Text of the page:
Hoi An Cultural Festivals
We’ll be happy to tell you more about these Hoi An area cultural festivals and other special events that may be taking place during your visit. Contact us any ime at Eresa@sunrisehoian.vn or +84 (0235) 393 7777.
Every year, on the occasion of Lunar March (March 23rd), a ceremony of worshiping the lady Thien Hau is held in Fujian Assembly Hall and Duong Thuong Assembly Hall in Hoi An. The festival is called the birth anniversary of the lady Thien Hau. This festival is derived from the beliefs of the Chinese merchants, because the day before they often used to sail across the sea, travel everywhere to trade and exchange goods. On their dangerous sea voyage, people faced natural disasters and danger, but as legend goes, many were rescued by a sea goddess, they believe to be Thien Hau Thanh Mau.
Also known as Vietnamese Mother's Day, this festival takes place on the 15th day of the seventh month in Lunar Calendar. It is the largest Vietnam holiday after Tet. On this day, people visit pagodas and temples to worship their ancestors and make offerings such as food and clothing. Presents are also given to living parents to show appreciation and gratitude.
Every year, on the full moon day of July, many Vietnamese in general and the Hoi An people in particular go to the temple to pray for those who have escaped the escape, especially for the mother to live with us. At many temples in Hoi An, Vu Lan festival is held in a warm affection when everyone is devoted to the heart of the birth.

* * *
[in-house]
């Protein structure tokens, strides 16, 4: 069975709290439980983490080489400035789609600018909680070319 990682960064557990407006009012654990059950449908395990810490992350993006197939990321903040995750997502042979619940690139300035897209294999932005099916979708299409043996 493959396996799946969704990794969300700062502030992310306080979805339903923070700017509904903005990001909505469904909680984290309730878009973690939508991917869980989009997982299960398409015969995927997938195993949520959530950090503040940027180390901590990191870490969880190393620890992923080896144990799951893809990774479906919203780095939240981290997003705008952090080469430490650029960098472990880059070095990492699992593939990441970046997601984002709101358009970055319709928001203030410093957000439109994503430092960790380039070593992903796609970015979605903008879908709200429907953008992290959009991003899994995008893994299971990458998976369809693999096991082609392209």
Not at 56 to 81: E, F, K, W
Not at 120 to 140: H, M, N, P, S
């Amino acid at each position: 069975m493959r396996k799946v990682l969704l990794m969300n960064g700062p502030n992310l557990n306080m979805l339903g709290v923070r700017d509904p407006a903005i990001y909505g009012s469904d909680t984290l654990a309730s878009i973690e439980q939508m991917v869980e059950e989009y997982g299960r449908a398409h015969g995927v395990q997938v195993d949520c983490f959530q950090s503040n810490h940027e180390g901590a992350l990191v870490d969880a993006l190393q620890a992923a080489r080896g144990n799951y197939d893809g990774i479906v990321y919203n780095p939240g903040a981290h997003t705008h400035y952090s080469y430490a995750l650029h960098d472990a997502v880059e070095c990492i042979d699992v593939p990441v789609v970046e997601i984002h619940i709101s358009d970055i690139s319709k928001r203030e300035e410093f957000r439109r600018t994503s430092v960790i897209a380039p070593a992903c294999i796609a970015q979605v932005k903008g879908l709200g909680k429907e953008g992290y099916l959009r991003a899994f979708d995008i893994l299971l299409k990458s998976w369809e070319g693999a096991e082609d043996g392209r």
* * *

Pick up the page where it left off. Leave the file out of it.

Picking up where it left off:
Held on the eighth day of the eighth annual calendar year, the Mid-Autumn Festival is a traditional celebration for Vietnamese children. It is an opportunity for families to visit together and share in the eating of delicious moon cakes and for young generations express their gratitude to the old generation and for parents to show their love for their children through gifts.
The Lunar New Year, known in Vietnam as Tet, or the Vietnamese New Year, is the most important celebration in Vietnamese culture.Tet celebrates the arrival of spring and is celebrated on the same day as Chinese New Year. Many Vietnamese prepare for Tet by cooking special holiday food and cleaning the house. These foods include bánh chưng, bánh dày, dried young bamboo soup (canh măng), giò, and sticky rice. Many customs are practiced during Tết, such as visiting a person's house on the first day of the new year (xông nhà), ancestor worship, wishing New Year's greetings, giving lucky money to children and elderly people, and opening a shop. Tết is also an occasion for pilgrims and family reunions. They start forgetting about the troubles of the past year and hope for a better upcoming year. They consider Tết to be the first day of spring, and the festival is often called Hội xuân (spring festival).
On the 10th day of the first lunar month of the year, hundreds of households in Hoi An’s Thanh Ha pottery village visit the Nam Dieu shrine.
Long Chu is a royal boat, a symbol of divinity believed to to scare away epidemics and diseases. The Long Chu Festival includes a procession in which a fabricated boat and elephant are carried through the town and then to the river for a ceremonial release into the sea. The Festival is very lively and includes singing and games.
Every year, on the 7th of the first lunar month, villagers from Tra Que Village (Cam Ha Commune, Hoi An City) organize the Bong Bridge Festival to pay tribute to their ancestors who founded Tra Que Vegetable Village and to pray for rain and good weather for a successful harvest.